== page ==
Hearing loss is common among the elderly. The most common cause of hearing
Earwax: Healthy or Harmful?
The human body is considered one of the most mysterious secrets of science. The perfect harmony in which the different bodily functions work together to support an organism and keep it alive, the beautiful inter-dependence of man on nature and vice versa, and the enigmatic microbiology existing in each and every tiny cell building up a human being are some of the facets of life that stimulate intrigue.
However, not all aspects of biology are as beautiful or exciting. If you’re anything like the typical person who will definitely find quite a few things about the human body a little bit gross. Take for example the numerous secretions our bodies make every day. Whether it is sweat or mucus, each secretion has a purpose. Perhaps one of the most underrated or lesser-known substances produced by the human body is earwax. While some of you might find it icky and gross, many would be fascinated by its extraordinary properties.
Things you should know about earwax
One of the primary facts that must be stated here is that scientists have actually designated a serious-sounding name for this sticky liquid in our ears. Earwax is medically known as cerumen and is defined as the naturally occurring substance in the outer ear. It comprises of a concoction of oil and sweat mixed with dirt and dead skin cells. These ingredients give it a sticky and smelly property, which is exactly what makes earwax so beneficial to us.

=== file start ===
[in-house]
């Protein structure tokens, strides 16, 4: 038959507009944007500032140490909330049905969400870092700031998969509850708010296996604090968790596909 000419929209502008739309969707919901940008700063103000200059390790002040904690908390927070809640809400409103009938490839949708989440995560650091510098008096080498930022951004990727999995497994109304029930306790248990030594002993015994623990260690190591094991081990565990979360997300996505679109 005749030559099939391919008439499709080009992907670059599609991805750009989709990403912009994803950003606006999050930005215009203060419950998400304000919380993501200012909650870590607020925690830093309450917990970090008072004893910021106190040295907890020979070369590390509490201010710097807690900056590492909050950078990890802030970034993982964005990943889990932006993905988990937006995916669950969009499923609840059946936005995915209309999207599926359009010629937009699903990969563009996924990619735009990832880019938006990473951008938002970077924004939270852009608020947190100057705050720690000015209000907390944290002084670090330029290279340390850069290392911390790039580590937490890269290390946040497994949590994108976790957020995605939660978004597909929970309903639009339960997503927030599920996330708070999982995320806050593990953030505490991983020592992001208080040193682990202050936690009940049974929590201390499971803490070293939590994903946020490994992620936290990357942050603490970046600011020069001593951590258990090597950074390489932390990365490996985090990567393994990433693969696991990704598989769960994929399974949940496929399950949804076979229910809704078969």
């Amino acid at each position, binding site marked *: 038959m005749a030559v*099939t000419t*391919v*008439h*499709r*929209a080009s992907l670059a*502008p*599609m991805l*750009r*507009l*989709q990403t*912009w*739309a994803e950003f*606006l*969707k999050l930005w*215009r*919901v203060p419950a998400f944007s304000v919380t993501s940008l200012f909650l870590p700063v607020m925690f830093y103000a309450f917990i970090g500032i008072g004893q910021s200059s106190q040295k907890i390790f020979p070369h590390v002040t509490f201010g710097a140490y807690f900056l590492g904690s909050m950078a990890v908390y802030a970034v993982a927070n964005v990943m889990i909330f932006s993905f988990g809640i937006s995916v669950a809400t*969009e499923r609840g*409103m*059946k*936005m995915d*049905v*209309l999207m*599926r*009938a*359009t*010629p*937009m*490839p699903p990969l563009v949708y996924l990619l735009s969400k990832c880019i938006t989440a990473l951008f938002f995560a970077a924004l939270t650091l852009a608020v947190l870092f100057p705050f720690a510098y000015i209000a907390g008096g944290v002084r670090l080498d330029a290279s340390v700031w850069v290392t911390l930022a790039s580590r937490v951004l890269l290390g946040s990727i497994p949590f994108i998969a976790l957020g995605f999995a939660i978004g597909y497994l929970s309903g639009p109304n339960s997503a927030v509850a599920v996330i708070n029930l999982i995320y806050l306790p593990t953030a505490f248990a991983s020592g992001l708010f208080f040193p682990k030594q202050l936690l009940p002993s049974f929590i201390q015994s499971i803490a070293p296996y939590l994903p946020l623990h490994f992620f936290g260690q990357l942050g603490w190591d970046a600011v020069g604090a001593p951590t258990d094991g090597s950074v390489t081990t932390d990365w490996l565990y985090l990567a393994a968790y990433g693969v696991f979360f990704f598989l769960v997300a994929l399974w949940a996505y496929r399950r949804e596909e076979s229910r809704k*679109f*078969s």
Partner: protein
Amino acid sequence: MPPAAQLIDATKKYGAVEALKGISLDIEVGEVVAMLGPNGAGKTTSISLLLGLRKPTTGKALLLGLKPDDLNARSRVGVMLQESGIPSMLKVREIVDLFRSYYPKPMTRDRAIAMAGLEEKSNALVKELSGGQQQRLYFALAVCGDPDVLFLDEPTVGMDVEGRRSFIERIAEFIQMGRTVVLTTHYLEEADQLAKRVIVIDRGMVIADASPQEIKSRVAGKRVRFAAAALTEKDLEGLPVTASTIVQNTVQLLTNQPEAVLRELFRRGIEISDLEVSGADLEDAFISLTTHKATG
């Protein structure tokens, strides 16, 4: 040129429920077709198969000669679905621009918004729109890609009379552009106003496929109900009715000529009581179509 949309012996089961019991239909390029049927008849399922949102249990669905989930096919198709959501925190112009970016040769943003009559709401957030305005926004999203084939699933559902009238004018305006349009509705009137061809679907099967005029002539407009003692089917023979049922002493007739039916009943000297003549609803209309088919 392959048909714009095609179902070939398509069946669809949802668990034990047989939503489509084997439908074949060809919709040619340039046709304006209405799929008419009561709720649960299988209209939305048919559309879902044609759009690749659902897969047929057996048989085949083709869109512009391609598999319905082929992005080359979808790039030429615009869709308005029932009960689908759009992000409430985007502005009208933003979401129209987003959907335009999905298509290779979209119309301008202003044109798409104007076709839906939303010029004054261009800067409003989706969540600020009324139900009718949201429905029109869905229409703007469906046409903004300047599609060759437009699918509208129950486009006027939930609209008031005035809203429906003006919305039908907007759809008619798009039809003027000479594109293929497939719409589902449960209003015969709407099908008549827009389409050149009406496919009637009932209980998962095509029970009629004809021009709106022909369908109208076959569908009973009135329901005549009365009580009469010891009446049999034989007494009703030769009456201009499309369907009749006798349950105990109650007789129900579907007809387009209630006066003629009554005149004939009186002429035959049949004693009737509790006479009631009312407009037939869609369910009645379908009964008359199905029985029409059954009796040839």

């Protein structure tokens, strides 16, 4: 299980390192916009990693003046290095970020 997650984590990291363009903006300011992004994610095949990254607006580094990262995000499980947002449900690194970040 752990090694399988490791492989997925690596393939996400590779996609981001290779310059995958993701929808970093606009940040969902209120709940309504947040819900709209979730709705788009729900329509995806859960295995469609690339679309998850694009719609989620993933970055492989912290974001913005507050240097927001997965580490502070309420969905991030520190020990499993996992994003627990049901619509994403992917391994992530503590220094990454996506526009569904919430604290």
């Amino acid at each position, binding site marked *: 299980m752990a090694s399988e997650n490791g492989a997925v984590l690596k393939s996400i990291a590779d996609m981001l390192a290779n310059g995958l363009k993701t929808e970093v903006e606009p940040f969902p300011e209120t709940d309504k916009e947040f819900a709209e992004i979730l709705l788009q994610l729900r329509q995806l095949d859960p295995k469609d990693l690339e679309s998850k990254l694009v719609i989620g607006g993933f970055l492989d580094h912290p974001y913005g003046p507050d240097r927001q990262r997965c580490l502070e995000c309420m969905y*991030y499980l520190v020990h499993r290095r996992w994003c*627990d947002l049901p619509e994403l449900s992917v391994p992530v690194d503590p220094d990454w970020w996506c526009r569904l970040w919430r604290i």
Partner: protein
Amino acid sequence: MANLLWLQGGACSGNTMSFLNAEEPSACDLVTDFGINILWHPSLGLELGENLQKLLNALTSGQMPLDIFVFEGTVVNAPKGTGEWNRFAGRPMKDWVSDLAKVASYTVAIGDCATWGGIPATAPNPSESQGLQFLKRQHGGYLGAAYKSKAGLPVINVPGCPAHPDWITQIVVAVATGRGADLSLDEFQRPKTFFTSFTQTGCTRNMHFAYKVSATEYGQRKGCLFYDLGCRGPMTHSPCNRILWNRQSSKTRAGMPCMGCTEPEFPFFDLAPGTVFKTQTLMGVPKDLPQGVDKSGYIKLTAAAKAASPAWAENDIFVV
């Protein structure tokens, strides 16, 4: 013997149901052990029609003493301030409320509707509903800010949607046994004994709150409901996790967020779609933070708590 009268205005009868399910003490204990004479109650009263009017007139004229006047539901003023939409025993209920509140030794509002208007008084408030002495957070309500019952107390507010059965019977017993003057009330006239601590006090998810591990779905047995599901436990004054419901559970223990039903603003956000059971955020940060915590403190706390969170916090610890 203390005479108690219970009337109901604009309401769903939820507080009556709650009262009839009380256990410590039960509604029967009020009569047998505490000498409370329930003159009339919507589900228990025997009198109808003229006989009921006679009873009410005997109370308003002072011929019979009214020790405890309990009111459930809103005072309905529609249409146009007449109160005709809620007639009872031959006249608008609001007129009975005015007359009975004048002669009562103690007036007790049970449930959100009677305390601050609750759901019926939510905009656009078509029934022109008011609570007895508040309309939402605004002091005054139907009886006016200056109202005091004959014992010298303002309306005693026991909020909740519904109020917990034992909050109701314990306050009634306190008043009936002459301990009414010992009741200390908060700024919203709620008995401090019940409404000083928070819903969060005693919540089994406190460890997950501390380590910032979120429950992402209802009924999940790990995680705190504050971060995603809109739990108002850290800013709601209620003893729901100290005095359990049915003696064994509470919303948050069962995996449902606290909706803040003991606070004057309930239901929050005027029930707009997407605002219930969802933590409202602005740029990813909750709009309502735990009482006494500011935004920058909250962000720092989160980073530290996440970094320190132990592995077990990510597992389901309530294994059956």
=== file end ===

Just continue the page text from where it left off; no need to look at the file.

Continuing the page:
Being sticky helps earwax trap dirt from entering the sensitive inner ear, which would otherwise be at high risk of being infected by all the bacteria that could enter from our surroundings. Earwax acts as a defensive barrier safeguarding against dust, tiny insects, flying debris, bacteria and other harmful substances in the environment around us. Being smelly doesn’t hurt either. The nasty smell of earwax repels bugs that try to venture inside your ears. Imagine tiny spiders and bed bugs crawling inside your ears while you sleep. Earwax protects against that.
Best methods to clean earwax
Contrary to common belief, using cotton swabs is not the safest way to remove earwax from your ears. As amazing as it may feel, using cotton swabs does more harm than good. Your body has its own natural cycle of removing excess earwax from the outer ear while your sleep or while your shower. Poking cotton swabs can do the opposite. It can push the earwax further into the ear canal where it can accumulate, harden and cause hearing loss.
Therefore, the right way to clean out earwax is to use a clean and wet washcloth to gently clean out the outer ear. This is especially effective after a nice, warm shower that helps loosen out the earwax safely. There are also over-the-counter ear cleaning kits available to help you remove the wax at home.
If you are struggling with consistent wax buildup or are experiencing hearing difficulties, schedule a visit with an audiologist in your area to ensure your ears are working in optimal order.